Do you have a bucket list?
I have to confess that, until now, I never did. But I have been making one of late.
I have also been thinking about the next trip. A lot. And part of the thinking involves talking to friends and family about sharing it, a sort of old-friends-and-distant-relatives-reunion that would have our gang of crones and curmudgeons laughing it up and proving to younger people how the old folks can still “party on.”
The idea has been brewing for a while now. I’ve been poring over itineraries, and researching cruise lines, thinking about possible dates and ports, and wondering whether a summer or winter getaway would be better for most of the people I could hope to have join us.
And then it dawned on me. It’s not necessarily a one-time opportunity.
So, in case you’re wondering exactly where this is leading —
For me, it’s leading to the Panama Canal — a journey from the Atlantic to the Pacific. I hope that a core group of compatible travelers joins in. It takes more time and energy than I seem to have to add “trip organizer” to my resume at this point, but I have put out the word.
The Map on the Wall
There was a time, several decades ago, when a group of young friends thought it fun to throw a dart at a wall map, and take off for a long weekend of sightseeing. Our group tasted several European capitals in that manner, motored through beautiful countryside along back roads, spent as little as possible because we had little, and savored every minute of every experience.
Later my husband and I traveled with other couples and other groups, on planned vacations, for spur-of-the-moment getaways, and sometimes just because we had free time and the urge to be gone.
I recently looked at another wall map and realized that, even though I have visited a fair number of cities, states and countries during my time on the home planet, there are still a huge number of places to explore.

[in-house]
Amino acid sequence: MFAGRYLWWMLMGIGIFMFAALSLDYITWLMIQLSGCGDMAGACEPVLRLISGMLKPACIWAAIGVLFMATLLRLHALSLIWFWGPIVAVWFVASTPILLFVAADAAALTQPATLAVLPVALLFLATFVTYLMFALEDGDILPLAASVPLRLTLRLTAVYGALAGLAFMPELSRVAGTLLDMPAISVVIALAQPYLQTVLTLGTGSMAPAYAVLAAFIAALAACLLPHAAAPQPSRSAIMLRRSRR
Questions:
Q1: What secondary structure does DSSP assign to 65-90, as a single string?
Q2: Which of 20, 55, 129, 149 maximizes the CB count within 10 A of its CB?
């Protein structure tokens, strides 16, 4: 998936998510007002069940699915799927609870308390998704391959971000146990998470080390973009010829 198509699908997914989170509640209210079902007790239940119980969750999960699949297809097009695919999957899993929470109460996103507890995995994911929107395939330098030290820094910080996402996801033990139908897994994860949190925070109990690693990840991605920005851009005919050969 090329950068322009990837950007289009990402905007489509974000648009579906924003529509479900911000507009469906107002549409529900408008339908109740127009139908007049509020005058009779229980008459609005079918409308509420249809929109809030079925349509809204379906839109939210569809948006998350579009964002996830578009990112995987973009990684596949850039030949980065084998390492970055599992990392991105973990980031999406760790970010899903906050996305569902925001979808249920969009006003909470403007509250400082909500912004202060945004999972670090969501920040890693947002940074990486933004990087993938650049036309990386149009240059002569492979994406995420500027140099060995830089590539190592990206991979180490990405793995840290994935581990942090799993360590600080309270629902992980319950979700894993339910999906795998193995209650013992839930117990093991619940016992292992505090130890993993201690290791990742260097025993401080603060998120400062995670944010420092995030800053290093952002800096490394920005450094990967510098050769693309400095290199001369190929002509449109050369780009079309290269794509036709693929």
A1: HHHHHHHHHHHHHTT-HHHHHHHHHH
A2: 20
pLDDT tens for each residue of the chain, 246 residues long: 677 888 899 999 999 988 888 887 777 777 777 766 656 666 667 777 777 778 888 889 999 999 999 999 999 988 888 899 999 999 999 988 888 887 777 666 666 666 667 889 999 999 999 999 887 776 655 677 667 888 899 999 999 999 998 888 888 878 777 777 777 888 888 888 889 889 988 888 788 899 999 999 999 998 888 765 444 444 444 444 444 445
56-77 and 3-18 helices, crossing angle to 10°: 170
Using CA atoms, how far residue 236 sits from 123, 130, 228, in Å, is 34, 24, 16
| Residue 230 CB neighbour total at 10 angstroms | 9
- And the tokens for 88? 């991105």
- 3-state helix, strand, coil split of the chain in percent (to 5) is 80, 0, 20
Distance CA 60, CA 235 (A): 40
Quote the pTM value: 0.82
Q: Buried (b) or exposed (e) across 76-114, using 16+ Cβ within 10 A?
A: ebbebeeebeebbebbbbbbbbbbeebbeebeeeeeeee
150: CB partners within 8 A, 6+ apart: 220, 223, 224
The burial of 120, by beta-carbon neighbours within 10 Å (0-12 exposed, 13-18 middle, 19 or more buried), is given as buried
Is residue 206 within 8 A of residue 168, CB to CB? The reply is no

Travel has become more complicated and much more expensive. As the world shrinks, its differences become less obvious — or more exaggerated, depending on your point of view. Personal devices allow popular music and movies to be delivered anywhere at any time, and travelers do not find it necessary to interact with one another or with strangers.
It’s a shame. So, I’m embarking on a modern crusade of sorts.
I don’t remember a time when I wasn’t eager to go somewhere new, taste new foods, meet new people and view life from a different perspective. Time, responsibility, finances and “respectability” may have gotten in the way along the way. I think it’s now time to rectify all that. The Panama Canal trip is not the result of throwing a dart and finding a way to get there.
It is more of a response to a fascination with the still-unfolding history of the canal. I’m really looking forward to seeing it with my own eyes. I’m sure I’ll be writing more about “the big ditch.”
But I’m not giving up dart-throwing either.
Flickr photos of Panama Canal by LyunGateley (2004) and Meghan Jones (2010 – evening shot)
4 thoughts on “Bucket lists and traveling plans”
I read a fascinating book last year “The path between the seas “. Really informative and a great read too. Nice post today.
Thank you. I, too, just started reading the book — it’s huge! Glad you recommended it.
We did the Panama Canal a few years ago. I found going through the lock very interesting. We went through the lock and came back out the Atlantic side. That day we took a train to the other side of Panama and saw the ships waiting to come through from the Pacific side. There was quite a lineup of ships. It was a real eye opener as to how busy the canal is. They were building an additional canal when we were there. I’m not sure of it’s status.
Thanks for your insight, Denise; the canal is amazing, isn’t it? We did actually make the trip — I think the same itinerary you did about the time the new lock opened. It’s much bigger, but essentially the same. I just haven’t gotten around to writing about it yet! My bad.